After the insertion of the ball 128 into the fastener element 10 in accordance with FIG. 4B, the toolholder is transported by a further movement step of the conveyor means into the position of FIG. 4C. At the same time, a further toolholder (not shown) with an “empty” fastener element 10 moves into the position of FIG. 4B. The slider 138 is then moved to the left in accordance with the double arrow 136, and indeed through a distance which corresponds approximately to the diameter of the ball 128 so that the ball 128′ of FIG. 4B now falls through the hole 132 into the new fastener element 10. As a result of this movement of the slide member 138 to the left, the plate 124 is also moved to the left, and the ramp 134 lifts the further balls 128 upwardly so that no further balls can drop down into the fastener element 10. After the one ball has fallen into the “new” fastener element, the slide 138 is then moved again to the right, whereby a further ball falls through the hole 134 onto the plate 126 so that the position of 4B has been established again for the new fastener element.
FIG. 4C shows a third station of the multi-station tool in which the toolholder 102 with the ejection pin 104 cooperates with a two-part press head 140. This press head 140 consists of a lower part 142 which has a cylindrical accommodation bore 144 for the outer circumference of the fastener element 10, and also a downwardly directed cylindrical projection 146 which is pressed against the ring surface 148 of the flange 26 of the fastener element 10 and holds the latter firmly in the receiving chamber of the matrix 102. Between the lower part 142 of the two-part press head 140 and the upper part 150 there are located spring elements which are schematically illustrated and provided with the reference numeral 152. Within the two parts 142, 150 of the press head 140, there is located a movable ram 154 which is heated via an inductive beating device 156 to a temperature at which the thermoplastic ball does not melt, but is however softened or pasty and easily formable.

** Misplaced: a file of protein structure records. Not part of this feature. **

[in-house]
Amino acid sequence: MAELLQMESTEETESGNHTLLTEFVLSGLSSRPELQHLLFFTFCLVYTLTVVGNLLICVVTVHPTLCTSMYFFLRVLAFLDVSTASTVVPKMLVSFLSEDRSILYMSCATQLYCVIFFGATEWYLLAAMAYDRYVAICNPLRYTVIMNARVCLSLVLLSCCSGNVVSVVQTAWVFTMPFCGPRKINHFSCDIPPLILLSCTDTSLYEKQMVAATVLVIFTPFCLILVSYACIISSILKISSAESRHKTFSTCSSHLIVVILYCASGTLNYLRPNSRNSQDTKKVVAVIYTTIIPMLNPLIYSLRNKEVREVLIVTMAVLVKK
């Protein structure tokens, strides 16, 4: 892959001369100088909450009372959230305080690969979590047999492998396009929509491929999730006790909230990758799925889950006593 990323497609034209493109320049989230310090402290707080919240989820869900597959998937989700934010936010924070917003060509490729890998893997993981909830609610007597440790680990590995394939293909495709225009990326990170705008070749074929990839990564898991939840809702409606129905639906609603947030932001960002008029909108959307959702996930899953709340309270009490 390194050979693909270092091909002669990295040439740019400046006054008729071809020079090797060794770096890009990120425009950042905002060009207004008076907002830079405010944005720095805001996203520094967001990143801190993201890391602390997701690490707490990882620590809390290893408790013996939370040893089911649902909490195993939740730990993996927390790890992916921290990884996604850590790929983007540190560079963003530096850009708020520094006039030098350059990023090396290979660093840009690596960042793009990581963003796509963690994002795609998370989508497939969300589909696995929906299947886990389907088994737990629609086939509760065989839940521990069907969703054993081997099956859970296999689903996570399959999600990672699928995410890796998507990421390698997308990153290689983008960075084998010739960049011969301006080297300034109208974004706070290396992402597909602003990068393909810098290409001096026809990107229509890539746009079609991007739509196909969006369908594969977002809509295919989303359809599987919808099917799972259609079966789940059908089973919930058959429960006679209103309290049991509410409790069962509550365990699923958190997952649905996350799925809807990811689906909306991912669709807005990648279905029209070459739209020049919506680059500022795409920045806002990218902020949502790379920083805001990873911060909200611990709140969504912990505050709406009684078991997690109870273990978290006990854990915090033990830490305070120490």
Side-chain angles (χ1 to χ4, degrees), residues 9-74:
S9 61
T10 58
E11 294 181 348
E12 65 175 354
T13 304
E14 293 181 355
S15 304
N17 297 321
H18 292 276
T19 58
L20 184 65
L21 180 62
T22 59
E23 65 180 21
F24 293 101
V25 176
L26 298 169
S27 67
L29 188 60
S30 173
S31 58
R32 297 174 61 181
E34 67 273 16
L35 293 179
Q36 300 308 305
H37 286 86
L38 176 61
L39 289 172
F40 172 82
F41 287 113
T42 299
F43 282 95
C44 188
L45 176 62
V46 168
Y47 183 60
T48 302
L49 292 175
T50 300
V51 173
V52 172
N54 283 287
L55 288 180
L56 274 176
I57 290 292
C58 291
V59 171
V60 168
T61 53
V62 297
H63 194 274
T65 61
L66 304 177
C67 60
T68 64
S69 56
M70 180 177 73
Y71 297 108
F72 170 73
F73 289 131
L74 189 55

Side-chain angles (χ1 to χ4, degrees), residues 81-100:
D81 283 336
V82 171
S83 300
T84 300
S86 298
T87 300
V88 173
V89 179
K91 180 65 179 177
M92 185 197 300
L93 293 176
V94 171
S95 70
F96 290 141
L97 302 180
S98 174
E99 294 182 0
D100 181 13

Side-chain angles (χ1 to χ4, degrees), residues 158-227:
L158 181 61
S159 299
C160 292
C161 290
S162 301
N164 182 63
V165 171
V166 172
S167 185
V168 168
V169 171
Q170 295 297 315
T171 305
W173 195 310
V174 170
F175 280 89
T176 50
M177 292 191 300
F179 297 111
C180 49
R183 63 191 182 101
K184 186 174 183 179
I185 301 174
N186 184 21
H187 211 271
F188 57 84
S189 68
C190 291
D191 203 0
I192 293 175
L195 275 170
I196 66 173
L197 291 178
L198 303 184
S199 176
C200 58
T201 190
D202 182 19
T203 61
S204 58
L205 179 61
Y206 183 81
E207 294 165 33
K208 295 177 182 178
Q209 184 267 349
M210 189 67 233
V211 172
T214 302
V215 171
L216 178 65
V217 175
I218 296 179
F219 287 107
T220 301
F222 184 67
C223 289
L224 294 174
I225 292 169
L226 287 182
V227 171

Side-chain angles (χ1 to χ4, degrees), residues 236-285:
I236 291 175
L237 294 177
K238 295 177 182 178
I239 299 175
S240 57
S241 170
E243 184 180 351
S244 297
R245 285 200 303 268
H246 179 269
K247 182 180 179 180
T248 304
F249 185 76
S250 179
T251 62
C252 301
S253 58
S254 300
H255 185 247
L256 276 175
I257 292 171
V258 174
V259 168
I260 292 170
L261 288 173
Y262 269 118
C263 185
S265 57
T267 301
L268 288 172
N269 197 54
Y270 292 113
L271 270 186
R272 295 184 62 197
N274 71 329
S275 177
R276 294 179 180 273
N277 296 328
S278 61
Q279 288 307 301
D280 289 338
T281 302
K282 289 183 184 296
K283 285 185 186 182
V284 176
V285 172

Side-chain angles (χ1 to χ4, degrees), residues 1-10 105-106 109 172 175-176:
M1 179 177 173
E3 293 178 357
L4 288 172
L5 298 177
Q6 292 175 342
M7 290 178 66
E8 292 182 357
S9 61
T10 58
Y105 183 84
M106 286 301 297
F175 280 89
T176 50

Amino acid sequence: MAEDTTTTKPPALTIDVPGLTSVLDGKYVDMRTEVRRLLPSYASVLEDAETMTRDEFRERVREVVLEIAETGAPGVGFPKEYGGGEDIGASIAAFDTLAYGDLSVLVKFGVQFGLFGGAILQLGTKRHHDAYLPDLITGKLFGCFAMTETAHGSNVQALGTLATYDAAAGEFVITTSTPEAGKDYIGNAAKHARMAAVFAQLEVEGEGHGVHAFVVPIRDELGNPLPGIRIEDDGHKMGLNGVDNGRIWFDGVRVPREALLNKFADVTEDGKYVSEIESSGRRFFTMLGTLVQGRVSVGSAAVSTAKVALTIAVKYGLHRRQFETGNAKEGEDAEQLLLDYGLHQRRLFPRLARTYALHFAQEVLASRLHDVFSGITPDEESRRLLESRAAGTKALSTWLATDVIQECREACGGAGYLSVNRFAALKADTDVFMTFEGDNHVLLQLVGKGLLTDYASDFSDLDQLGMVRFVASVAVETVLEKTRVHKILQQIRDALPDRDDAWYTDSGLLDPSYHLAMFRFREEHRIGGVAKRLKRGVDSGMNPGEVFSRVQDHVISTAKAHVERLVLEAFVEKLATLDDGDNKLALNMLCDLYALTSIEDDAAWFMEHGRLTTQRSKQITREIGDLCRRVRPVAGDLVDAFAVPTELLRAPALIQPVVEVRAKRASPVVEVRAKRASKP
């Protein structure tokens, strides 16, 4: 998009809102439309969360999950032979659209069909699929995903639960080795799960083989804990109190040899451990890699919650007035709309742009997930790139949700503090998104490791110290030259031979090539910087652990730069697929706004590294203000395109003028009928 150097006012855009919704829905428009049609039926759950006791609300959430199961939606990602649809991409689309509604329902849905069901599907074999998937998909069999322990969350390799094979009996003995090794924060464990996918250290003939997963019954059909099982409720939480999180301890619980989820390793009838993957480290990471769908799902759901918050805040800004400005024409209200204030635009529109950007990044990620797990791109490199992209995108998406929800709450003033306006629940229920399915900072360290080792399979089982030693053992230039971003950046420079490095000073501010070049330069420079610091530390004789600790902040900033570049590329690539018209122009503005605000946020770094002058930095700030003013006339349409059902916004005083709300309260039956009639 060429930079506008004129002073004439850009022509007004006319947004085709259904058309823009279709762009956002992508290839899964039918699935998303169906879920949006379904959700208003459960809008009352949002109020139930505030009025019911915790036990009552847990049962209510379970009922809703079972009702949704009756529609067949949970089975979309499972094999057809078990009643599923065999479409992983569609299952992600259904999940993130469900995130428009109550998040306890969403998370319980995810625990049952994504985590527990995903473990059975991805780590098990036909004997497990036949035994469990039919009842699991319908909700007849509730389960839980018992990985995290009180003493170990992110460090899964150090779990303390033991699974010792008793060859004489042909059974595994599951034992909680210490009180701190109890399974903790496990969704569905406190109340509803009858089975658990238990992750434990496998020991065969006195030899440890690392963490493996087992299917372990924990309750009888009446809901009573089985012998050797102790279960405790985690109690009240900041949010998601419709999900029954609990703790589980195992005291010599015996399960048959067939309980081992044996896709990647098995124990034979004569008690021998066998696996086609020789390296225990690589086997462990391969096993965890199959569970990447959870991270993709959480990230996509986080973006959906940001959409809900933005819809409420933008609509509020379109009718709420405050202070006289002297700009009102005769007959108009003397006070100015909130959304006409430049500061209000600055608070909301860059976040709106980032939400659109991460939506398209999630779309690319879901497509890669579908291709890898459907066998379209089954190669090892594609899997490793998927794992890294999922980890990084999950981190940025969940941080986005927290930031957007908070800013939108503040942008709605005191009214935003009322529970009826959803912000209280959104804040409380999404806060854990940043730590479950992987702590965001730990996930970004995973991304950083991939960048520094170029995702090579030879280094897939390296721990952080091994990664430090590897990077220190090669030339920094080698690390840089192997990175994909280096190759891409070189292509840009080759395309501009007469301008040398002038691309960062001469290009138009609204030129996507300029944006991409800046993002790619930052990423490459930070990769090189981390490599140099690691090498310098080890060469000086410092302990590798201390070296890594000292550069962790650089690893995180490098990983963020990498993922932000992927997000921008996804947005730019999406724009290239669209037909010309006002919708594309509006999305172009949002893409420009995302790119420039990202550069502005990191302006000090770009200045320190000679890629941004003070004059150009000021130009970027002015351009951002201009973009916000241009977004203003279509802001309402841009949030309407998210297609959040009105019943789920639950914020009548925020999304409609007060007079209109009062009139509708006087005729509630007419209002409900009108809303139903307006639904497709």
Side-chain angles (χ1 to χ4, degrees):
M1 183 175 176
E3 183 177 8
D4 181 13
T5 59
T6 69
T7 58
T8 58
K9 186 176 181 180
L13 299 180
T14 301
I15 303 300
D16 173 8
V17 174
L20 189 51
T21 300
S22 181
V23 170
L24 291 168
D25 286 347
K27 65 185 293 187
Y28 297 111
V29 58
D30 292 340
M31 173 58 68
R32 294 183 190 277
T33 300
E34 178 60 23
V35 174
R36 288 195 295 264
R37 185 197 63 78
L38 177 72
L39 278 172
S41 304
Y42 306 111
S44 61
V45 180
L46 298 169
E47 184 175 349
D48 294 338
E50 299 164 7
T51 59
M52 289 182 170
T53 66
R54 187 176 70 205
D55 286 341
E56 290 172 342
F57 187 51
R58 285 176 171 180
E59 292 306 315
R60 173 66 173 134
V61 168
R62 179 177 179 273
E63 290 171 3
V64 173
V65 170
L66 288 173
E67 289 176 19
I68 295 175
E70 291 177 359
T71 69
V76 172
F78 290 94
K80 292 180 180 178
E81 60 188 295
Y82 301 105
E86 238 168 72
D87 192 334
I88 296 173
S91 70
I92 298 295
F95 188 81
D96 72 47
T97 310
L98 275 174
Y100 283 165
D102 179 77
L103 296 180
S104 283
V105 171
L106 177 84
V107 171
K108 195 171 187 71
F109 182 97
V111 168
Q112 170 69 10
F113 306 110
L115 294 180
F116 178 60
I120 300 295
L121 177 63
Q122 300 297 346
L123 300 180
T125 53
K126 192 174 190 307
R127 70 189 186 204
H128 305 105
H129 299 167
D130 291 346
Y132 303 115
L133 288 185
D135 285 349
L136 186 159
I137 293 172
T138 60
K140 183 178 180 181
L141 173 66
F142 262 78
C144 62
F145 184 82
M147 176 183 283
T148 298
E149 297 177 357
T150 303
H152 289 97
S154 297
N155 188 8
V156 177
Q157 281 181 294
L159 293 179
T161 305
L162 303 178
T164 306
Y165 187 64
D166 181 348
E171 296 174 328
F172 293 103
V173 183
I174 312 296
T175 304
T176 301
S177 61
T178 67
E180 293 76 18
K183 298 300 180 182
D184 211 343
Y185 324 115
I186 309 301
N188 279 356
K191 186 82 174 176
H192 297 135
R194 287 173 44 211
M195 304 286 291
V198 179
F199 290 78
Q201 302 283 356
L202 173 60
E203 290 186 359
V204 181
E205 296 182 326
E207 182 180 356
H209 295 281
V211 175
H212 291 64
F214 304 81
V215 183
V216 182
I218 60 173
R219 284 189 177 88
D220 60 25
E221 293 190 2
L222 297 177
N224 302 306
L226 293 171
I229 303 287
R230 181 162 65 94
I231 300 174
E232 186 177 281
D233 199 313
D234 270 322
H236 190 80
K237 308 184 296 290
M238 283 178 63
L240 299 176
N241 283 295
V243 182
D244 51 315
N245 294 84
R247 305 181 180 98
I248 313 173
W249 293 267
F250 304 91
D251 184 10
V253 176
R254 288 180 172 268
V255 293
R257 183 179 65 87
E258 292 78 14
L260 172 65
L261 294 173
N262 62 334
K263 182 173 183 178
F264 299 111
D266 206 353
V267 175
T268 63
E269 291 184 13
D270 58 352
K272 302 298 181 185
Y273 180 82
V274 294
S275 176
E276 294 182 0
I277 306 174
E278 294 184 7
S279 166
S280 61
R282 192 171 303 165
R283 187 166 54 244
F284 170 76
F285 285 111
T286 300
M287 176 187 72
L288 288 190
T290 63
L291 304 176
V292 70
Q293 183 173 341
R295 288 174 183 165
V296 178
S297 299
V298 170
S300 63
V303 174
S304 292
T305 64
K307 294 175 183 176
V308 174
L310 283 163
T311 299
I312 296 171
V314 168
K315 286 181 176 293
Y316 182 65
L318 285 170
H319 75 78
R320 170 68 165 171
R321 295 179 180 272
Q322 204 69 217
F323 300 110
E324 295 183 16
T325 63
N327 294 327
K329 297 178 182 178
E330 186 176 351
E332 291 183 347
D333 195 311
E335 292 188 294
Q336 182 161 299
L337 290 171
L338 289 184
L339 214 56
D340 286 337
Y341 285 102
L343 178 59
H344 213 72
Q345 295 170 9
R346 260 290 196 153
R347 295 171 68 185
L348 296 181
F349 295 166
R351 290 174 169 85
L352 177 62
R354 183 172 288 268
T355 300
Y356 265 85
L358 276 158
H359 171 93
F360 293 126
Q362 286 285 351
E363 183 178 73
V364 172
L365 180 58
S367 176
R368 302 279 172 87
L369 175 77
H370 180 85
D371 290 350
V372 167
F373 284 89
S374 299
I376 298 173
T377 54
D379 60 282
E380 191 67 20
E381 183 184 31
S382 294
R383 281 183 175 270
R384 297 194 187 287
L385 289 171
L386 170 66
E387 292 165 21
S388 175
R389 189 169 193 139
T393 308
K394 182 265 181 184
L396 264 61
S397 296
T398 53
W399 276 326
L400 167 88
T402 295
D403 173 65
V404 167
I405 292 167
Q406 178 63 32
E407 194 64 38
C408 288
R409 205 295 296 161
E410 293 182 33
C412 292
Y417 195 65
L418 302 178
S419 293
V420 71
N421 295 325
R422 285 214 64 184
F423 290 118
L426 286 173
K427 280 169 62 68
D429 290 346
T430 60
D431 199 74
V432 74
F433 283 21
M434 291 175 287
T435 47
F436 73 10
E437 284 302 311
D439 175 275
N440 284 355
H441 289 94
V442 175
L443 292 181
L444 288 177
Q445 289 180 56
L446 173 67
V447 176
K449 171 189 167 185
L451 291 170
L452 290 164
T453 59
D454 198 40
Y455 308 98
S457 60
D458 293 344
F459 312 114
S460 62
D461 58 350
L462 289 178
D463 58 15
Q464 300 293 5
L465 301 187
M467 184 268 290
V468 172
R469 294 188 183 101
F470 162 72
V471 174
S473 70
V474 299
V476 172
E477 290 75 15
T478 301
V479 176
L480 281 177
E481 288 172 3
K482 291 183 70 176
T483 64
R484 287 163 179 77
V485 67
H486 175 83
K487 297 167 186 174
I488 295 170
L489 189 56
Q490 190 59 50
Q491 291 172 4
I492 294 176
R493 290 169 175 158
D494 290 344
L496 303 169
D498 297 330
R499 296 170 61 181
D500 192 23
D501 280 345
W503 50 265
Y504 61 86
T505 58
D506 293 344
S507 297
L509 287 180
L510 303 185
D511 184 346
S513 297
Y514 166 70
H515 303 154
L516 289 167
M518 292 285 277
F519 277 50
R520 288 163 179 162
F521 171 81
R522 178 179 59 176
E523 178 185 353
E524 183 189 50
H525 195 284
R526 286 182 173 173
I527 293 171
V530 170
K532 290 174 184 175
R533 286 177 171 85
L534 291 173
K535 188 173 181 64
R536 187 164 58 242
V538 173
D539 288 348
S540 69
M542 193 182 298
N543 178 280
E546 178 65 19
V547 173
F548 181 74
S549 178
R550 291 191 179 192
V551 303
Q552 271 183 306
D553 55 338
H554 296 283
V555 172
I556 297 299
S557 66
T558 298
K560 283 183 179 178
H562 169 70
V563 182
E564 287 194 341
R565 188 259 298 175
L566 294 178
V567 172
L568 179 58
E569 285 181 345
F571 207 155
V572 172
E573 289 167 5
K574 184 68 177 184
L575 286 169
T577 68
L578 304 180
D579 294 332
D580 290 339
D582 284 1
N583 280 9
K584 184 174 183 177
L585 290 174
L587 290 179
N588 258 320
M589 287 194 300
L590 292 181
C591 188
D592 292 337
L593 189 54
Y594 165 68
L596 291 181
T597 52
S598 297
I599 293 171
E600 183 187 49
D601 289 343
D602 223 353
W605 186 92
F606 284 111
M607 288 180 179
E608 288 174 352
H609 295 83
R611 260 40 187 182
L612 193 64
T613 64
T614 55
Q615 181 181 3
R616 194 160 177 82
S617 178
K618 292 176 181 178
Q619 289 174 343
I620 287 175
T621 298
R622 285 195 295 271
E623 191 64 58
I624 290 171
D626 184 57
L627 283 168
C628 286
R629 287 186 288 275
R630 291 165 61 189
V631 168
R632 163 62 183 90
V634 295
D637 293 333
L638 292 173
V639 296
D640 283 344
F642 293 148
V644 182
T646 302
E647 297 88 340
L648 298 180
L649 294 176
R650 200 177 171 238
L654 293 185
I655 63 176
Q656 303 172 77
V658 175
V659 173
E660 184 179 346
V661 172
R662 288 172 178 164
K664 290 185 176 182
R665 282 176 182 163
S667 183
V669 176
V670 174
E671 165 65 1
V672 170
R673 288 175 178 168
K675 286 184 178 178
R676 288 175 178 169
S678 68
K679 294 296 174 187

In the station of FIG. 4C the illustration has been selected so that the two-part press head 140 has already travelled downwardly onto the fastener element, i.e. onto the toolholder, the heated ram has however not yet started to deform the ball 128. One notes from the illustration of FIG. 4C, that the end face 158 of the ram 154 which contacts the ball 128 has a convexly rounded shape which serves for the formation of the cup-shaped recess of the finished closure plug.
FIG. 4D then shows a further position in the third station in which the press head 140 has moved further downwardly so that the ram 154 has already pressed the plastic ball 128 into its final shape in accordance with the illustration of FIG. 1. FIG. 5B which is located directly above FIG. 4D then shows the shape of the fastener element 10 after this step, with the arrow 160 which extends from the illustration of FIG. 5A to FIG. 5B schematically illustrating the movements of the fastener element through the press between the first and third stations.
After the manufacturing step of FIG. 4D, the press head 140 is lifted so that the part 142 of the press head, and also the ram 154, can be removed from the fastener element, whereby a further step movement of the matrix with the respective fastener element 10 into the fourth station of FIG. 4E is possible.